Honduras at a Cross-Roads

Published 2010-01-24, 12:52, last edited 2010-01-26 10:25 ET: The president-elect of Honduras, Porfirio “Pepe” Lobo, stirred up a huge reaction when he last week signed a deal in the Dominican Republic that among other things would let Zelaya leave the country without political asylum. There is criticism from the prosecutor, from the human rights ombudsman, and from the civilian society, among others. The list of objections is long, and includes a number of legal issues, violating both domestic and international law. The bottom line is that Pepe, who was elected with the highest vote count ever in Honduras, may have set a new world record in loosing political capital: All lost before even taking office.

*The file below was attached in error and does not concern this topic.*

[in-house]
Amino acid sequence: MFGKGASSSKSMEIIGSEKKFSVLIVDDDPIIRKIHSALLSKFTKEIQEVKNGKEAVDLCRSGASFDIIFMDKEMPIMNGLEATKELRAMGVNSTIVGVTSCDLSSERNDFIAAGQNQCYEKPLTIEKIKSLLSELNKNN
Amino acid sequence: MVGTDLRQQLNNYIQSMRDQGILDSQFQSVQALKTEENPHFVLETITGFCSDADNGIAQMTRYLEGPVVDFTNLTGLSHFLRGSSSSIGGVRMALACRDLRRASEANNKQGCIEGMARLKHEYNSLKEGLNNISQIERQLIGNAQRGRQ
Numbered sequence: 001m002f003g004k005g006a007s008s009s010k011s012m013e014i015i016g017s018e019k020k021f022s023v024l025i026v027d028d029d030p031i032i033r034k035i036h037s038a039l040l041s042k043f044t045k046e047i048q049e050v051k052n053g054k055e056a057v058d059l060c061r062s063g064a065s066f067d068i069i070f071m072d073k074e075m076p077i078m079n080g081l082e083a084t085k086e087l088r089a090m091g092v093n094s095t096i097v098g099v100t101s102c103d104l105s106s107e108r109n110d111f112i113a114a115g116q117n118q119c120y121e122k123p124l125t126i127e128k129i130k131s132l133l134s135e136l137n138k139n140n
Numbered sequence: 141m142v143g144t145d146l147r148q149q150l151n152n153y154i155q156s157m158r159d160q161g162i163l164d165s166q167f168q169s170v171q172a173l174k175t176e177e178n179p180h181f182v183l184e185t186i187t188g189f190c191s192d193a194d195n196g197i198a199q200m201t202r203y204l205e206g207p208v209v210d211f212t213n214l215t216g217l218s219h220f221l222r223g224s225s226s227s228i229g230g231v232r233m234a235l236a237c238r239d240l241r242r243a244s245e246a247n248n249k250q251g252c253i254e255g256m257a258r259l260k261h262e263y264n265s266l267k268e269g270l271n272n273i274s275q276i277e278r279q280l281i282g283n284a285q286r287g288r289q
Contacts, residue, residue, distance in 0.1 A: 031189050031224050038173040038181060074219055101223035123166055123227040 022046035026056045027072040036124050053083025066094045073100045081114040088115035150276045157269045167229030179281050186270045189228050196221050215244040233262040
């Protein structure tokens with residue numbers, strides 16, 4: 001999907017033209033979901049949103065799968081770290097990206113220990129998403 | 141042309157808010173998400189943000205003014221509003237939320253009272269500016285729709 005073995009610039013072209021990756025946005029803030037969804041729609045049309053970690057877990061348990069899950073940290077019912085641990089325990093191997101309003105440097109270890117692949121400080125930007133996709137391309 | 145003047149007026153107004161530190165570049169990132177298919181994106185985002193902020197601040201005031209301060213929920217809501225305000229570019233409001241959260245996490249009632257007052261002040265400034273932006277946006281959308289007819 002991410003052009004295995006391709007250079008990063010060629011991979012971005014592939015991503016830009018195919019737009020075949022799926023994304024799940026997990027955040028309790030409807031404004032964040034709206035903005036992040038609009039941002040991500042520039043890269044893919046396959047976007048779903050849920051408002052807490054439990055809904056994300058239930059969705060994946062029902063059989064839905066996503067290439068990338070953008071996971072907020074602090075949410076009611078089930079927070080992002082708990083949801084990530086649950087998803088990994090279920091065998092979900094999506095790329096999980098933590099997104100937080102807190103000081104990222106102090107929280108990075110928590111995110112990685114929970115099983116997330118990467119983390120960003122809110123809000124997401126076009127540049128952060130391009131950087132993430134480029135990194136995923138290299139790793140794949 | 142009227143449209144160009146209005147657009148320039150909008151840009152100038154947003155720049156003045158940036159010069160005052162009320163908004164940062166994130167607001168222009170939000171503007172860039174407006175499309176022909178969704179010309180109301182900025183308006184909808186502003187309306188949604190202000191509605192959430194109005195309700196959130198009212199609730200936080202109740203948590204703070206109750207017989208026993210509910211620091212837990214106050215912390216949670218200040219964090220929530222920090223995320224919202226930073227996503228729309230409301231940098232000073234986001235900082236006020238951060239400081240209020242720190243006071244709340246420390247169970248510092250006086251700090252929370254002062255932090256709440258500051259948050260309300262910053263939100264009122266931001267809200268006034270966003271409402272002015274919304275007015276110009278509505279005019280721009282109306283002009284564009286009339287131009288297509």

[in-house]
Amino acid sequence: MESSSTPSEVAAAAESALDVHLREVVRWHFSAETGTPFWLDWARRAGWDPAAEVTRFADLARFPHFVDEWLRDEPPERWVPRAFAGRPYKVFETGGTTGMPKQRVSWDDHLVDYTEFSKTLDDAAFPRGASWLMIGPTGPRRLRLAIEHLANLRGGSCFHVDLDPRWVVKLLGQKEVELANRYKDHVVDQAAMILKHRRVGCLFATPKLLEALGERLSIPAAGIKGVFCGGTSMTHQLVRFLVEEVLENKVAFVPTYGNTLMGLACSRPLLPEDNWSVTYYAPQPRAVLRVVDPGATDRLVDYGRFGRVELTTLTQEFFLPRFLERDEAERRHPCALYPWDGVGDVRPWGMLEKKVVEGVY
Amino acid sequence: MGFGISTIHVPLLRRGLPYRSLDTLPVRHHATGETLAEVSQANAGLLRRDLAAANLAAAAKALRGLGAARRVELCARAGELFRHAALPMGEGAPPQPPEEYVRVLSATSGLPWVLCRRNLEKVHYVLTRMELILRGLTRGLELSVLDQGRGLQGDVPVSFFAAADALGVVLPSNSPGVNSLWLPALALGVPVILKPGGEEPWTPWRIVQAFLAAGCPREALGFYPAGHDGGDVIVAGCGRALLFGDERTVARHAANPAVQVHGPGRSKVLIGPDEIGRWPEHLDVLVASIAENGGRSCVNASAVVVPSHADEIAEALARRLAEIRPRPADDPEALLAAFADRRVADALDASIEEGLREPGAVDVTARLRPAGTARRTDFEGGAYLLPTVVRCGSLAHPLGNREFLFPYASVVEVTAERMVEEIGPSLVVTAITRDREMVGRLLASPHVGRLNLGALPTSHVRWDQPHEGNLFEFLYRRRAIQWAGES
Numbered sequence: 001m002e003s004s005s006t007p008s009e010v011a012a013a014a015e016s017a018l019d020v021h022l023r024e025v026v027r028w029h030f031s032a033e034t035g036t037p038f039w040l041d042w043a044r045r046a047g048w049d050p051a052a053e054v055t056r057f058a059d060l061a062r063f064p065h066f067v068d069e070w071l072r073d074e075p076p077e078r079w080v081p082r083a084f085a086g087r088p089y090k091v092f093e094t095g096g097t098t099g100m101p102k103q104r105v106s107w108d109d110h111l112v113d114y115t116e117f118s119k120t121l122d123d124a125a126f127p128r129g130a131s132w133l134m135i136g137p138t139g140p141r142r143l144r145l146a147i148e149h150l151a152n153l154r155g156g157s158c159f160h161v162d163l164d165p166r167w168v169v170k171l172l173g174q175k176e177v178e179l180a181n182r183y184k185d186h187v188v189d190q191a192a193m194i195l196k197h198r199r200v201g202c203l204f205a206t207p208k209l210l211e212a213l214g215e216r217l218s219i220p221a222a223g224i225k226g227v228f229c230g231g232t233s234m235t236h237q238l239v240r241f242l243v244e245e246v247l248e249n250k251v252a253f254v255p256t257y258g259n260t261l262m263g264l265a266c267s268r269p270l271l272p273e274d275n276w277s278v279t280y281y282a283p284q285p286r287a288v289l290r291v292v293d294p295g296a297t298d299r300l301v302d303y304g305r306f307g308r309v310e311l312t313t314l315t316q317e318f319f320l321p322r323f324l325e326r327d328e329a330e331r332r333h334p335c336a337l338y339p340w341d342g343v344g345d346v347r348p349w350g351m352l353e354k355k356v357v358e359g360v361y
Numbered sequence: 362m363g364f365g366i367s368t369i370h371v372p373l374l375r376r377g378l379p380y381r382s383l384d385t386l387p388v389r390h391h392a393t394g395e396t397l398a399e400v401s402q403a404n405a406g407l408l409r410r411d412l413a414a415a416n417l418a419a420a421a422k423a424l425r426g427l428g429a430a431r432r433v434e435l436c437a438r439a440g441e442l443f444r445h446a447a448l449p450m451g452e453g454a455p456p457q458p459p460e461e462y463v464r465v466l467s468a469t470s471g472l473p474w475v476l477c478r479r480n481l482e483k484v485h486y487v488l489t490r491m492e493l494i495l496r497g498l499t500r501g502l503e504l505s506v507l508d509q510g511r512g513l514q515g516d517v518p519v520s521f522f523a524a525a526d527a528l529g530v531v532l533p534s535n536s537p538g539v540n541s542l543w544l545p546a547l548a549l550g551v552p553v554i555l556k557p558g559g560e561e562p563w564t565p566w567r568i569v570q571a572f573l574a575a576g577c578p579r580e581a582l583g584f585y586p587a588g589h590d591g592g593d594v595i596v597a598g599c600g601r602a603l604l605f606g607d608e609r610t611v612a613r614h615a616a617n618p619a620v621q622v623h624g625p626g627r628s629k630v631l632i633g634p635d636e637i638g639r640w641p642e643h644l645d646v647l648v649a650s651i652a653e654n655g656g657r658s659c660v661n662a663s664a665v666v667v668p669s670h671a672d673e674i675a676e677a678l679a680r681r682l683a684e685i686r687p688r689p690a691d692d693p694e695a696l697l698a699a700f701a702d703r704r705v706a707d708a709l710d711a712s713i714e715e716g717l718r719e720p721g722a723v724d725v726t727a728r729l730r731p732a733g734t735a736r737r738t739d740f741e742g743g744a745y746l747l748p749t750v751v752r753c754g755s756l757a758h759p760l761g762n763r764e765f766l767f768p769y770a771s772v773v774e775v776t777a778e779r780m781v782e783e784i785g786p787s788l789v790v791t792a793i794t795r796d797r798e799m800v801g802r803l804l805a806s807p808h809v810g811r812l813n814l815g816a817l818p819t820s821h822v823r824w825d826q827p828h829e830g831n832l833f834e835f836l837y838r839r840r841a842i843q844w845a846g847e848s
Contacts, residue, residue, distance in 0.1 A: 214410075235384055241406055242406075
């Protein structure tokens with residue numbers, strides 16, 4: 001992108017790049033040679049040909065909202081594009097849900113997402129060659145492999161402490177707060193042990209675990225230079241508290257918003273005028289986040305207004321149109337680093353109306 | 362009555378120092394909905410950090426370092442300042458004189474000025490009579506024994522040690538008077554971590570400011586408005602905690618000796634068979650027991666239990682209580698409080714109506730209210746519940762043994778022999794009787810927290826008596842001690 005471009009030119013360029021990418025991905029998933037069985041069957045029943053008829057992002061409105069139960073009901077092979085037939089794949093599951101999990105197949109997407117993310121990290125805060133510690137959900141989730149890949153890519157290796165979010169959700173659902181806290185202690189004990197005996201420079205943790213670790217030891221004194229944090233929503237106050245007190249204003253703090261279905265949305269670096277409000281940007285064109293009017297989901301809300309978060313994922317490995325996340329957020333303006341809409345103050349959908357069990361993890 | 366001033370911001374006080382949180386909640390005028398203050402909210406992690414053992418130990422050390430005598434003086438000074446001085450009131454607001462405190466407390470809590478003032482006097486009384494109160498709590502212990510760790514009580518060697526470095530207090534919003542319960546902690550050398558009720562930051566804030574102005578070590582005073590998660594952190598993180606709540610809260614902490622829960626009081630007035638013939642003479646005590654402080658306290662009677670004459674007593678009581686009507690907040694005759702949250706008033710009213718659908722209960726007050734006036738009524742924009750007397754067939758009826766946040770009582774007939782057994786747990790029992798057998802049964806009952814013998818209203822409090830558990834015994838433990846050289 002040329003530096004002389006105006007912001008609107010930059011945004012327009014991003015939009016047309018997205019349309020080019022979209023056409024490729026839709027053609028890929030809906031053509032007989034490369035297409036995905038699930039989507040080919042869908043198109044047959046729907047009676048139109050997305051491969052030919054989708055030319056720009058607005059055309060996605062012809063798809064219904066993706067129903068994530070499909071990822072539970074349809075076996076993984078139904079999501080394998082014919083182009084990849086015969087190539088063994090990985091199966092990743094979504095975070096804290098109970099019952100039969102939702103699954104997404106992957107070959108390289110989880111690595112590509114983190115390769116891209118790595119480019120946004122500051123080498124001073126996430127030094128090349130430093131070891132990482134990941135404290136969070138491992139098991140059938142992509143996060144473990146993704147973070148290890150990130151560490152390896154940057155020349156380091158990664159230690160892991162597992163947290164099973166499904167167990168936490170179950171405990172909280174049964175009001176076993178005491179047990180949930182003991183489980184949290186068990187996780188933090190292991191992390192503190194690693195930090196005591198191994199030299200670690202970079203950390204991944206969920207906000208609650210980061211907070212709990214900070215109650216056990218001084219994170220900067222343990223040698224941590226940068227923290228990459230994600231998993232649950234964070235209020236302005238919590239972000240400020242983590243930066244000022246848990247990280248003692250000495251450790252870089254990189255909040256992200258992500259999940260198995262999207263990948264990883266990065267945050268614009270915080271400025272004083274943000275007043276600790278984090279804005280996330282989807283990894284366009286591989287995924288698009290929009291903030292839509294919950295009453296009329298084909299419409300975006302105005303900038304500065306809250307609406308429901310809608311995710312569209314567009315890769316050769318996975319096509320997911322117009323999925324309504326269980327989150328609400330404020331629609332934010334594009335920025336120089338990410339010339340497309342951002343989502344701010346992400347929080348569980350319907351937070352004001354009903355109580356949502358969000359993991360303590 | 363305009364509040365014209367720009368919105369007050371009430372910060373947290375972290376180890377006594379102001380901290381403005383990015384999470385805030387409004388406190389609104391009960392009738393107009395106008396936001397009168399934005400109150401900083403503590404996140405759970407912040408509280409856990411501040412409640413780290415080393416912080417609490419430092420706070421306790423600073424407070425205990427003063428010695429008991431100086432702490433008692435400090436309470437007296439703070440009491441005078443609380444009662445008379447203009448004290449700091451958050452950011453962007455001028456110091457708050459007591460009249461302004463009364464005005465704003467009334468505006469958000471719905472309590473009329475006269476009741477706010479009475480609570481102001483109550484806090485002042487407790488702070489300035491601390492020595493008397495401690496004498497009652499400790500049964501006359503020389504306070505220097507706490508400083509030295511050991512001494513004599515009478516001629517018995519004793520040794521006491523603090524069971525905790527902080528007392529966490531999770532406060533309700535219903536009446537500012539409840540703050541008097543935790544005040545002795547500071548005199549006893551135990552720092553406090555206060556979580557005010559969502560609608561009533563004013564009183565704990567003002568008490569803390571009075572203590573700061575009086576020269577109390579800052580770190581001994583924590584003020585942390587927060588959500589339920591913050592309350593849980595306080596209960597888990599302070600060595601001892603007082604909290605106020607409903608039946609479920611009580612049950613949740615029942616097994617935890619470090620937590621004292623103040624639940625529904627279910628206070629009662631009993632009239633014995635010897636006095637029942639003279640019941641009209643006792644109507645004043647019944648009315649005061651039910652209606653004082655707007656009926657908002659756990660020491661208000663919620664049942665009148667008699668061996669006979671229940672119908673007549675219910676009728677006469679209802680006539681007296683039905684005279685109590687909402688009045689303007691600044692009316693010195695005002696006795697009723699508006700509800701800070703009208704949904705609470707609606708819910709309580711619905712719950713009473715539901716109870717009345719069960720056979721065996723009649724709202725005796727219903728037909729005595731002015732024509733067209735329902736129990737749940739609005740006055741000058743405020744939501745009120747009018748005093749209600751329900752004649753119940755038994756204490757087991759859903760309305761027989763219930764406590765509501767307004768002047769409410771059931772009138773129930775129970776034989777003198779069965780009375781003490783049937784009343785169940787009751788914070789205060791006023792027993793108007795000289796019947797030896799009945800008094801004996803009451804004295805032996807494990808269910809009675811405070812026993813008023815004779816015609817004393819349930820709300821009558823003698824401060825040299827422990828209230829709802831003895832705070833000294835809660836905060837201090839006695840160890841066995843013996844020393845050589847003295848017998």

If he wants to be able to do anything at all the next 4 years, he now has to start over trying to win some confidence.

As for Zelaya, his plan is, based on what his associates have said, to continue from Dominica to Mexico, and to eventually take a seat in Parlacen, the Central American Parliament. Every ex-president has a seat there, until his successor’s term is out. While a delegate, and for life say some, he will apparently have immunity. It appears that his plan is to return to Honduras under protection of that immunity.

Of course, Zelaya has never been a good student (a college drop-out, actually). Apparently surrounded by less-than-average intellectually endowed advisors at that, he may not realize the flaws of said plan.

For Honduras it is not Zelaya that is the previous president, but Micheletti, although he has announced that he does not plan to sit in Parlacen. Apart from that, Zelaya is a wanted criminal.